Let’s Go LinCo Takes Healthy Weight Message to Area Schools
By Cindy Hutter
A team dedicated to promoting healthy weight in their community of Lincoln County, Wash., is hoping by taking their healthy weight message to area schools that it will trickle through families and improve the overall health of the community.
“The Let’s Go LinCo campaign strives to inspire individuals, families and communities to incorporate healthy behaviors into their lifestyles to improve health status,” says Lincoln County Health Department Healthy Communities Coordinator Jolene Erickson.
According to Erickson, 34 percent of elementary school kids in Lincoln County are at risk of being overweight or are overweight, and 25 percent of adults report being obese. “Incorporating healthy behaviors in our everyday lives can have an impact,” she says.
Using a message called “5, 4, 3, 2, 1 Let’s Go LinCo,” the team taught kids in three elementary schools about five daily health behaviors:
- Eating five or more fruits or vegetables
- Drinking four or more glasses of water
- Consuming three or more low fat dairy products
- Limiting recreational screen time to less than two hours
- Doing at least one hour of physical activity
|Second graders from P.C. Jantz Elementary in Odessa, Wash., show off their new Let’s Go t-shirts.
The five-week program in the schools culminated with each student receiving a Let’s Go T-shirt as a reminder of what they learned. The hope is that the kids will take the message home and share it with family members, says Chelsea Wagner, an intern from Central Washington University studying community health education who worked with the students.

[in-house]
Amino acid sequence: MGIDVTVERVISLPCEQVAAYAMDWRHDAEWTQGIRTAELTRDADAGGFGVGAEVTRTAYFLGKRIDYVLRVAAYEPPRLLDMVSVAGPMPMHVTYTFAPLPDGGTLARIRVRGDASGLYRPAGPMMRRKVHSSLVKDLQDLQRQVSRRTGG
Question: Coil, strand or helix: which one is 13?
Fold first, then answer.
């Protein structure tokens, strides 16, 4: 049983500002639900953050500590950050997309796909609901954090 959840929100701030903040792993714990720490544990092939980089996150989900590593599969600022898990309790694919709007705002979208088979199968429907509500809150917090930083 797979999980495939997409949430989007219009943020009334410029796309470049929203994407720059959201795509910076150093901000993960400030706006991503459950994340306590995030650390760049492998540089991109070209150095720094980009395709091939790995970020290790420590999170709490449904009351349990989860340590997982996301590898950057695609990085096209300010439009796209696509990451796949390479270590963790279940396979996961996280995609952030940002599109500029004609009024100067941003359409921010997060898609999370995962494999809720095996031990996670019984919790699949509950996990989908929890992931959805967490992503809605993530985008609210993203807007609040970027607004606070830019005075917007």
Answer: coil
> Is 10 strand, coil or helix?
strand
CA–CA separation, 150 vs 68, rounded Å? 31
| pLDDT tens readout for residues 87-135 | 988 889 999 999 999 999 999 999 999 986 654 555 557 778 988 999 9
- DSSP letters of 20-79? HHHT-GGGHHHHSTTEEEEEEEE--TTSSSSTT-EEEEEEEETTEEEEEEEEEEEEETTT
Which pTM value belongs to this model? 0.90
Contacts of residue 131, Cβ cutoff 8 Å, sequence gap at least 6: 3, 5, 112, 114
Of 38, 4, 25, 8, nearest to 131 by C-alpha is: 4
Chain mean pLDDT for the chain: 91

In addition to the education component, the Davenport School District adopted strategies to make cafeteria food from scratch through training from the Cooks for America Culinary Boot Camp. Other area schools are excited about implementing this transition away from processed foods once funding is made available.
“It is exciting to see the enthusiasm of Lincoln County schools to improve their policies and systems to provide healthier environments,” says Public Health Administrator Ed Dzedzy. “The schools have allowed us into their classrooms with this program, they have incorporated student health reports, including BMI, and they have started discussion to improve their food service and nutrition policies.”
The team from Lincoln County, Wash., is one of 49 participating in NICHQ’s (National Initiative for Children’s Healthcare Quality) Healthy Weight Collaborative, which brought together representatives from primary care, public health and community-based sectors to implement healthy weight interventions. The initiative works with local communities, states and other interested groups to develop practical approaches to prevent and treat obesity for children and families.
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